On Sunday, at 2 p.m., the bitter political drama that has all but paralyzed Brazil will take its climactic turn. The country is ready. Barricades are up on the esplanade in front of the National Congress. A big soccer match has been rescheduled, shopping malls may close. Huge outdoor screens will broadcast the vote by the Chamber of Deputies that could put President Dilma Rousseff a hair’s breadth from impeachment.
The tension is palpable, and Rousseff’s adversaries and backers are stoking it for an edge in a decision that looks too close to call. Before voting begins, demonstrations will mount in big cities and small towns, with pro-Rousseff forces clad in Workers-Party red, pro-impeachment activists decked o...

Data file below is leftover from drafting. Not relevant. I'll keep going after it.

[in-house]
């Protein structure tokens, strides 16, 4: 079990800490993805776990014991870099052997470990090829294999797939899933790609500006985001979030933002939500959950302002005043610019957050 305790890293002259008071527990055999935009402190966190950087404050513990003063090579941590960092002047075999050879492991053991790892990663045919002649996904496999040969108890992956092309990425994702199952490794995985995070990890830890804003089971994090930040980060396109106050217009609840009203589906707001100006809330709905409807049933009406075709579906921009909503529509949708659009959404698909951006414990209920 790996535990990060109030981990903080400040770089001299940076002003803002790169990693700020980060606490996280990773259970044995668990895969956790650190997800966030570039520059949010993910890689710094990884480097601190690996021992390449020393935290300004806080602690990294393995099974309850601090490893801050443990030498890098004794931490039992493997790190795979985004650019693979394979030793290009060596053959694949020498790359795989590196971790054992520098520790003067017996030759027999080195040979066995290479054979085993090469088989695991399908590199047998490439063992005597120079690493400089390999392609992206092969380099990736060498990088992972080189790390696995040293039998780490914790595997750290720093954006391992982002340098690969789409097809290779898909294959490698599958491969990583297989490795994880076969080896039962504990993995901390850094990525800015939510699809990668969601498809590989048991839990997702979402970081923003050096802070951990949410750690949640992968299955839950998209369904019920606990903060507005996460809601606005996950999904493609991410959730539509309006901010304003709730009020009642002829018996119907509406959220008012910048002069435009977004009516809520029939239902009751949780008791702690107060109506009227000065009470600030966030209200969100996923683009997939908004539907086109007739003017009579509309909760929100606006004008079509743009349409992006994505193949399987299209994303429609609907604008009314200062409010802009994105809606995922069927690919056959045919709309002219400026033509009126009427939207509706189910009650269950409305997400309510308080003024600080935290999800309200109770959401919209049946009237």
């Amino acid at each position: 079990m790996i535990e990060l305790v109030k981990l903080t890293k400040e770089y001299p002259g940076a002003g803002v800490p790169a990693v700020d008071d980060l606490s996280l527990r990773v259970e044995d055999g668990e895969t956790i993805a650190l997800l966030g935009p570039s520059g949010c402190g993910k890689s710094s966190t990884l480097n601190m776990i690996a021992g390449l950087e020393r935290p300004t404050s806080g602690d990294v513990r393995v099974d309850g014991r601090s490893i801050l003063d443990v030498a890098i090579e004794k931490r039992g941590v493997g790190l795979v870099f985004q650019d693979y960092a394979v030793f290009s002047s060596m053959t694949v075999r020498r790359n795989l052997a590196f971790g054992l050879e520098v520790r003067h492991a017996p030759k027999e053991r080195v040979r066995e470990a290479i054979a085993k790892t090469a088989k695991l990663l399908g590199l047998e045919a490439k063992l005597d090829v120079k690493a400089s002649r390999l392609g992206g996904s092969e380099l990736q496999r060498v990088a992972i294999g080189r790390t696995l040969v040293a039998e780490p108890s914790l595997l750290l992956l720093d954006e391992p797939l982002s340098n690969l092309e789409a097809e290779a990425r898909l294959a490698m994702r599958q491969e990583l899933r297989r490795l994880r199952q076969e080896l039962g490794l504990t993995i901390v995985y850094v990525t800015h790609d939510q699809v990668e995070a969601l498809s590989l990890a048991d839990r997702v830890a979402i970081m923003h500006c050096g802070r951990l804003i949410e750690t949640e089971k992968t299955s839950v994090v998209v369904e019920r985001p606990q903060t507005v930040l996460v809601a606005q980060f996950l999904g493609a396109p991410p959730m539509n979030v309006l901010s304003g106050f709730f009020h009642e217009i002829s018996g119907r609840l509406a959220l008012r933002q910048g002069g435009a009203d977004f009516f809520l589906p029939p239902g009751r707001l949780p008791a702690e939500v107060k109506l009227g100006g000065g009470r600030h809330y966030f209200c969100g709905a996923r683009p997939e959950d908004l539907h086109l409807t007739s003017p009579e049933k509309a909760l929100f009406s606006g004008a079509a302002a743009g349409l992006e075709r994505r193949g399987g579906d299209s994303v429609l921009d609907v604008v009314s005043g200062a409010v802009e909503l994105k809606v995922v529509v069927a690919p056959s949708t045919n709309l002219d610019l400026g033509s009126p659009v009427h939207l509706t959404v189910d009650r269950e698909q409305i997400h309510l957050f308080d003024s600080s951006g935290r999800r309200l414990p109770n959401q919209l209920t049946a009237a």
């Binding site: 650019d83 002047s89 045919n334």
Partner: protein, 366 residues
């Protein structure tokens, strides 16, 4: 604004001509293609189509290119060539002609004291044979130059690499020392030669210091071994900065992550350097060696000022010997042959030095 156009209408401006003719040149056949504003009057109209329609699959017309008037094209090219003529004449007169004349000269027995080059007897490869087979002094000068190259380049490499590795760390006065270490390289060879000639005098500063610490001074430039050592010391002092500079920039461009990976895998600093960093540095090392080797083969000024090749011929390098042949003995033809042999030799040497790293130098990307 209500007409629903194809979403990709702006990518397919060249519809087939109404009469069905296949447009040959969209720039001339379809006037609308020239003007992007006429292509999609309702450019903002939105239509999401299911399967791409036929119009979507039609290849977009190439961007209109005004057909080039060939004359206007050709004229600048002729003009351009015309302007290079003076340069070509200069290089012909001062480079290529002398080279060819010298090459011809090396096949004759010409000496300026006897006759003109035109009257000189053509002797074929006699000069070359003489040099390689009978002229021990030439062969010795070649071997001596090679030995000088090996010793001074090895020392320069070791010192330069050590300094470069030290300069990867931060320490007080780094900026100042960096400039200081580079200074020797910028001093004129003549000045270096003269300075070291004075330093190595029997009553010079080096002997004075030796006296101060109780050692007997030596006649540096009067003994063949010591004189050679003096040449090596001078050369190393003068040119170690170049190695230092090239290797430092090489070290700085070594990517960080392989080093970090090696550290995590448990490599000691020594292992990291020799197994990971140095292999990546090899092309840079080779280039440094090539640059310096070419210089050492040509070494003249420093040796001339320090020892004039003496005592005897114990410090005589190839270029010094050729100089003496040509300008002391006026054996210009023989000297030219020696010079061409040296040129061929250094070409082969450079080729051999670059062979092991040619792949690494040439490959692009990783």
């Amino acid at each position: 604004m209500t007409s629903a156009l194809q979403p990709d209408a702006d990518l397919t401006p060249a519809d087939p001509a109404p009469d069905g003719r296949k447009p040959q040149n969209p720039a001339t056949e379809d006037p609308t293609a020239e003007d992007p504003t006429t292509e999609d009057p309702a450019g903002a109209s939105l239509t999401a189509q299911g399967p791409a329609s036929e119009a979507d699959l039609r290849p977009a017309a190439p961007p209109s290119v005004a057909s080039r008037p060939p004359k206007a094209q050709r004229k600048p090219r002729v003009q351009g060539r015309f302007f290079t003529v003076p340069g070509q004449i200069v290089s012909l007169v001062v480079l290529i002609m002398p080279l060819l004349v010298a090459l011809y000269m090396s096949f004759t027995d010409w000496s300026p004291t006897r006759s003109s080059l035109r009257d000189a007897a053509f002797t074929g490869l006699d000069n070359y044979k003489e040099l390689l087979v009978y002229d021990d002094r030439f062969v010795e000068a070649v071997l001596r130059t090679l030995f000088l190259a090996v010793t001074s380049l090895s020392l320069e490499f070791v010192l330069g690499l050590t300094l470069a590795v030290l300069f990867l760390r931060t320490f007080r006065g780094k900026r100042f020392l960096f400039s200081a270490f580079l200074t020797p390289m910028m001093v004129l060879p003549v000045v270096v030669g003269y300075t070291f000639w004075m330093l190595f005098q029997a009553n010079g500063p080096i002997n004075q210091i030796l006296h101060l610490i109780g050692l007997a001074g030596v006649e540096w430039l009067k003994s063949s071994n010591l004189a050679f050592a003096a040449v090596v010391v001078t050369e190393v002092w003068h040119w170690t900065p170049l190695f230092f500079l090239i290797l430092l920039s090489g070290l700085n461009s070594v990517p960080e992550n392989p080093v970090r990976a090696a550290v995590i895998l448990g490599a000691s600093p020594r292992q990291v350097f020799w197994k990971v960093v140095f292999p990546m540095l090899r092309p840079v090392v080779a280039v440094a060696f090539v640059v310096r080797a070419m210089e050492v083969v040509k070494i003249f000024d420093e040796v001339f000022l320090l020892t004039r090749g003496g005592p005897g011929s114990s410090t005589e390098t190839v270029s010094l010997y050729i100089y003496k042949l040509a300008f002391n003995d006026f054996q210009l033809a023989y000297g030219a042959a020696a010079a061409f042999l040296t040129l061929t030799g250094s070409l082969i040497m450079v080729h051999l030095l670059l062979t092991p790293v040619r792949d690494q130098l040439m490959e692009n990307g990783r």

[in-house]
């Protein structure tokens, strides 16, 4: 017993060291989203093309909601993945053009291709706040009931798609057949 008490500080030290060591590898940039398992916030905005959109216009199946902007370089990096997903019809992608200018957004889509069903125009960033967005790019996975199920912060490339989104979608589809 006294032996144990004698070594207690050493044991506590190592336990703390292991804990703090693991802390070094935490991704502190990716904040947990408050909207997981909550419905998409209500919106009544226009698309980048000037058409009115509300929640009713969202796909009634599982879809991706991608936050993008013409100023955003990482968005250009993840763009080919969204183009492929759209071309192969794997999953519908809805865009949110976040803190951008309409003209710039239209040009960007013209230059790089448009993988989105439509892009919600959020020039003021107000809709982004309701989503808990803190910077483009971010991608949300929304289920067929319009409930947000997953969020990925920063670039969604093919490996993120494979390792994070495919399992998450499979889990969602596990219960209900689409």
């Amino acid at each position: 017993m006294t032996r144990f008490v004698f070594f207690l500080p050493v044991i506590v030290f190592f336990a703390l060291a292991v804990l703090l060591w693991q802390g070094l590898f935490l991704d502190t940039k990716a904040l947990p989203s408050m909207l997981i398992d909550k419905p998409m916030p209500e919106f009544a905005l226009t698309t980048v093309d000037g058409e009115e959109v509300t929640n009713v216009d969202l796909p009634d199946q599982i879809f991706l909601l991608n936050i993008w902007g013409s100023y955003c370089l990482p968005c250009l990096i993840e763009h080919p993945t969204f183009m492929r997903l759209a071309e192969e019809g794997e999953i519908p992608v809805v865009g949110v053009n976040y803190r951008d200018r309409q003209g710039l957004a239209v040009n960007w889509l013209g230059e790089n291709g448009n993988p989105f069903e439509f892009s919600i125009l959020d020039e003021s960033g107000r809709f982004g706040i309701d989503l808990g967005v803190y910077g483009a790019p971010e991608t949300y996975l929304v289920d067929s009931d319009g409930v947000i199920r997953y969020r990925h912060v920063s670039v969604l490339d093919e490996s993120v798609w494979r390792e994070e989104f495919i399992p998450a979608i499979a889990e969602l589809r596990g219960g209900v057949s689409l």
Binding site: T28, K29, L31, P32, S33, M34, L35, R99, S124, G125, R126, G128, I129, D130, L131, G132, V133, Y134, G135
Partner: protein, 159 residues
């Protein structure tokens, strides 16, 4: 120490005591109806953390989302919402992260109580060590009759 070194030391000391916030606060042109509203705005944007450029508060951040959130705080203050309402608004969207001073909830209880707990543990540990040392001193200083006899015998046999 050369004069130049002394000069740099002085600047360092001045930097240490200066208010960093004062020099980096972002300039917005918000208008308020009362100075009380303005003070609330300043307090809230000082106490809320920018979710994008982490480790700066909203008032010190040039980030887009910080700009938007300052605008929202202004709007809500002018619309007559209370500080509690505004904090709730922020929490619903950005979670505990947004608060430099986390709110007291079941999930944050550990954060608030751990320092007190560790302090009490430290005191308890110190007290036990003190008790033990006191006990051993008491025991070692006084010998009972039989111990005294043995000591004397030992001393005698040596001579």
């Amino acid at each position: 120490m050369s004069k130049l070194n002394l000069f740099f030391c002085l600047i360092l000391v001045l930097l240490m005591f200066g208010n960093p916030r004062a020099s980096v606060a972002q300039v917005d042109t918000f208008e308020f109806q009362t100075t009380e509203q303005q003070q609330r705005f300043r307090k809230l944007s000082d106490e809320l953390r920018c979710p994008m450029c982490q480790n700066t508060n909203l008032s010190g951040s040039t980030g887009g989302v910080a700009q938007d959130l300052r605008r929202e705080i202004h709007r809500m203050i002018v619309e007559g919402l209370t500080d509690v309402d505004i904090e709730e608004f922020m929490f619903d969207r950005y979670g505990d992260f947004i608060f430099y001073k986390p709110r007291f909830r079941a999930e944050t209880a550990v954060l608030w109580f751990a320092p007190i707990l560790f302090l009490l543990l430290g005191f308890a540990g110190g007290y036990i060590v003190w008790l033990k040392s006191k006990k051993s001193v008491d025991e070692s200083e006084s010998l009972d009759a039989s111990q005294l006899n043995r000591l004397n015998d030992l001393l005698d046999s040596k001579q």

09:03 With no election winner, Mongolia sets runoff for July 923
09:36 Fleeing ISIS in the Philippines: 'I will never go back to Marawi'38
20:11 Supreme Court: Will Justice Kennedy retire this month?35
19:58 With five holdouts on health-care bill, McConnell is in for a final frenzy of negotiation25